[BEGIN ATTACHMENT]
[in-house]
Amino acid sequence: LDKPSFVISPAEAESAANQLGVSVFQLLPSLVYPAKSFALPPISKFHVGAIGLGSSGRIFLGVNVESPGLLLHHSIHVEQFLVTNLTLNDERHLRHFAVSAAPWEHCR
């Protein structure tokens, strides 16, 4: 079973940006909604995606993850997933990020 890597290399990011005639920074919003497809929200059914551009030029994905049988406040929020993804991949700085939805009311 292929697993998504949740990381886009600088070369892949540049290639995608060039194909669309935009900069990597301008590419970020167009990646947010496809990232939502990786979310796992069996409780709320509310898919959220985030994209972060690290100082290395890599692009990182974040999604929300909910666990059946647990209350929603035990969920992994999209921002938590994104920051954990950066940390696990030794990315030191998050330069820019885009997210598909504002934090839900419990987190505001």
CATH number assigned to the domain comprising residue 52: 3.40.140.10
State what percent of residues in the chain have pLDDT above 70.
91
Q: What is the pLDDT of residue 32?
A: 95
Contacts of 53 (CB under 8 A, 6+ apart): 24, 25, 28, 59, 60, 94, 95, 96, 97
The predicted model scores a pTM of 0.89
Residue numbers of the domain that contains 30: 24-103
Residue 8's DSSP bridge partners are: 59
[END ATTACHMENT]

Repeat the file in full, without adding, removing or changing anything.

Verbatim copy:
[in-house]
Amino acid sequence: LDKPSFVISPAEAESAANQLGVSVFQLLPSLVYPAKSFALPPISKFHVGAIGLGSSGRIFLGVNVESPGLLLHHSIHVEQFLVTNLTLNDERHLRHFAVSAAPWEHCR
């Protein structure tokens, strides 16, 4: 079973940006909604995606993850997933990020 890597290399990011005639920074919003497809929200059914551009030029994905049988406040929020993804991949700085939805009311 292929697993998504949740990381886009600088070369892949540049290639995608060039194909669309935009900069990597301008590419970020167009990646947010496809990232939502990786979310796992069996409780709320509310898919959220985030994209972060690290100082290395890599692009990182974040999604929300909910666990059946647990209350929603035990969920992994999209921002938590994104920051954990950066940390696990030794990315030191998050330069820019885009997210598909504002934090839900419990987190505001």
CATH number assigned to the domain comprising residue 52: 3.40.140.10
State what percent of residues in the chain have pLDDT above 70.
91
Q: What is the pLDDT of residue 32?
A: 95
Contacts of 53 (CB under 8 A, 6+ apart): 24, 25, 28, 59, 60, 94, 95, 96, 97
The predicted model scores a pTM of 0.89
Residue numbers of the domain that contains 30: 24-103
Residue 8's DSSP bridge partners are: 59